curt's blog

Key Votes Coming on Changes to Federal Transportation Funding

Bills being considered in both Houses of Congress include potentially large changes to long standing programs that have been used by States and by local governments to develop and improve bicycling and walking trails and support popular initiatives such as the Safe Routes to School program. You may already be aware that last week the US House of Representatives voted to eliminate funding for bicycle and pedestrian programs. There will be a vote in the Senate in the week of Feb. 13-18, and Maryland Senator Cardin is sponsoring an amendment that could restore much of what's been lost. North Carolina Senator Richard Burr is considered a key vote on this issue. For some specifics please see this Summary of the Cardin Amendment. You can contact Senator Burr via his web site.



Ecusta Studies Are Finished -- Public Presentation Scheduled

The planning and economic studies for the proposed Ecusta Trail between Hendersonville and Brevard have been completed and are being reviewed by city staff. A public presentation of the findings has been scheduled for 6 pm on March 28th in Hendersonville. The presentation will include recommendations for trail surface, width, support facilities, detailed maps, prospective trail heads and implementation strategies. Representatives from Henderson and Transylvania County will be there, as well as the media. This is a great opportunity to come show your support. The specific venue for the meeting will be determined after County officials have a better estimate of the numbers expected to attend. If you would like to attend please contact Summit Results.

February 21 Update: County officials were pleased with the interest shown and have reserved the West Henderson High School Auditorium for the presentation. The High School is at 3600 Haywood Road (Hwy 191).

March 31 Update: About 400 interested supporters attended the presentation. See the article about the event at NCRT Board member Mike Domonkos attended and notes that NCDENR has indicated that this could be the first NC rail-trail state park or NC state rail-trail. (State park status would require enabling legislation as is the case for all new State Parks. Creation as a state rail- trail would be possible under existing legislation.)

An additional series of Community Presentations is planned for several locations during April and May. In an effort to accommodate as many schedules as possible, these are all "drop in" type events. Several stations will be set up to allow closer access to maps. Knowledgeable folks who have information to share, and any formal presentations will be short and repeat many times over the course of each event:

Thursday, April 26- 5:15 - 7:45pm

Henderson County Public Library, Hendersonville Branch

Tuesday, May 1- 4:00 - 6:00pm

Homestead Small Business Center, Horse Shoe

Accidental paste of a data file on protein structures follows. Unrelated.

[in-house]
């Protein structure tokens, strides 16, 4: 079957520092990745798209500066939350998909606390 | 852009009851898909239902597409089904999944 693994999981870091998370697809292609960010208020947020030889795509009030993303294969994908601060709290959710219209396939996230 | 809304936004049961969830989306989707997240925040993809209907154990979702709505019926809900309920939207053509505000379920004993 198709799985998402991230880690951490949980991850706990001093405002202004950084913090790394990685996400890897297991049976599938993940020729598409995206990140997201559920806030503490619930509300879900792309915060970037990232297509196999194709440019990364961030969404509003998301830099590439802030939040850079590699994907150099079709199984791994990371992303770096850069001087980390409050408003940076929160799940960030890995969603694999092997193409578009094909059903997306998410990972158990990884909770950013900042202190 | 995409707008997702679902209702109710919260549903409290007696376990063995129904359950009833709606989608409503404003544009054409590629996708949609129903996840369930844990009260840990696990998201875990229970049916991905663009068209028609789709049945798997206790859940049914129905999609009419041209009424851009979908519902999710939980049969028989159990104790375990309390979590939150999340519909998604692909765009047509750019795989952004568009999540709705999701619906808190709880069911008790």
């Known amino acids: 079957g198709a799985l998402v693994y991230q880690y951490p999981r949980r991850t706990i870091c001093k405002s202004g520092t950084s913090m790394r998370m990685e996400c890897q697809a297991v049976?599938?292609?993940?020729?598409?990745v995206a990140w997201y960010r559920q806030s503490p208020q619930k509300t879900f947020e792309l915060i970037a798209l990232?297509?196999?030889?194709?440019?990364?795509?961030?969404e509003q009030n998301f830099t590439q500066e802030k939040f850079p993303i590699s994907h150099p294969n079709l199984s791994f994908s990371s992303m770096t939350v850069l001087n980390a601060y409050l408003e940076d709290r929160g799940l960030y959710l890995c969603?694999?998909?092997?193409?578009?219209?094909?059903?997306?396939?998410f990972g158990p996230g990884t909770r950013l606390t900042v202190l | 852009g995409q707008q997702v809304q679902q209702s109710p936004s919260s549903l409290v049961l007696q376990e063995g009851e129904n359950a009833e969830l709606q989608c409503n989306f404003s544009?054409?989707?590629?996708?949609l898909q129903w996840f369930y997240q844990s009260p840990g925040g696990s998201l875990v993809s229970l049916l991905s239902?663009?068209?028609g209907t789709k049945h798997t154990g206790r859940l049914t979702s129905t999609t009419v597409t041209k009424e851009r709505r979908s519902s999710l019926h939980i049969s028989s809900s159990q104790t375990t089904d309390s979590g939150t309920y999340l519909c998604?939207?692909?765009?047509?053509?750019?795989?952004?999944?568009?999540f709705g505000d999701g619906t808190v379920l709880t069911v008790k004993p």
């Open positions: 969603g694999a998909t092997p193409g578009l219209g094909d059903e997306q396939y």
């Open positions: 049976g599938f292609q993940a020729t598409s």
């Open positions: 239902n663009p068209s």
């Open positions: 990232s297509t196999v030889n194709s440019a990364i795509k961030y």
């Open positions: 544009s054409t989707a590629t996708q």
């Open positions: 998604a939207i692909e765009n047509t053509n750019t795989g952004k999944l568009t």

Thursday, May 3- 4:00 - 8:00pm

Rogow Room at the Transylvania County Library, Brevard

Thursday, May 10- 5:00 - 7:30pm

First Congregational Church, Laurel Park

Saturday, May 19- 9:30am - 12:30pm

Etowah Public Library, Etowah





Rail Corridor is the Centerpiece of Large Beltline Project in Atlanta

From a sidelink on a recent health article we came across information on the Atlanta BeltLine, a very large, multi-year project taking shape in Atlanta. The project will use  a former rail corridor and tie this into more than 33 miles of multi-use trails in a linear park that will connect 40 Atlanta parks, including approximately 700 acres of existing park land. The multi-use trails include the core 22-mile loop plus various extensions to increase connectivity to parks and trails surrounding the BeltLine. The corridor will also include a light rail system. Planning and organizational efforts have been underway for over 7 years and involves most City departments, Atlanta's mass transit authority and numerous community organizations and businesses. The core loop will facilitate both recreation and commuting since it will conect to a number of mass-transit stops. Due the large size of the Atlanta metro area, this project has a scope and complexity far beyond anything we'll see in North Carolina anytime soon. The project is useful as an instructive example of the many benefits that connective trails can provide to an area. The BeltLine website has links discussing economic benefits, community engagement, reducing congestion and of course the healthy outdoors exercise that users will be able to experience on the corridor and in the parks it connects to. Several maps of the proposed loop and its many connections are also on the site.

Deep River Rail-Trail Moving With New Grant, Recycled Bridge

The town of Franklinville has been awarded a grant of $36,000 from Asheboro's Randolph Hospital Community Health Foundation. Franklinville expects to use $30,000 of the grant to go towards bridging Sandy Creek: some of the funds will go towards a short bridge where the creek is narrow, near Highway 64, and the rest will be put towards a later bridge at the site where the rail line used to cross Sandy Creek. The money will help to connect Franklinville to the neighboring town of Ramseur, which is collaborating with Franklinville on the Deep River Rail-Trail. The remaining $6,000 will help to fund a boat landing on the Deep River. The Randolph Hospital Community Health Foundation funds health and wellness projects that focus on one or more of four areas: nutrition, physical fitness, obesity or substance abuse.

At their recent meeting, Franklinville Mayor Perry Conner noted that he expects to issue a request for proposals (RFP) by the beginning of March for work on Phase 2 of the Deep River Rail-Trail. This work will be funded by a Recreational Trails Program grant. In addition, Franklinville received notice from NCDOT that the town will transfer (on paper) an old bridge in Bladen County to Franklinville in the spring; the bridge itself will probably not arrive until 2013. This bridge, part of NCDOT's Bridge Reuse program, is of a size that could be used to bridge Sandy Creek at the original rail crossing site.



Future Extension of Dunn-Erwin Trail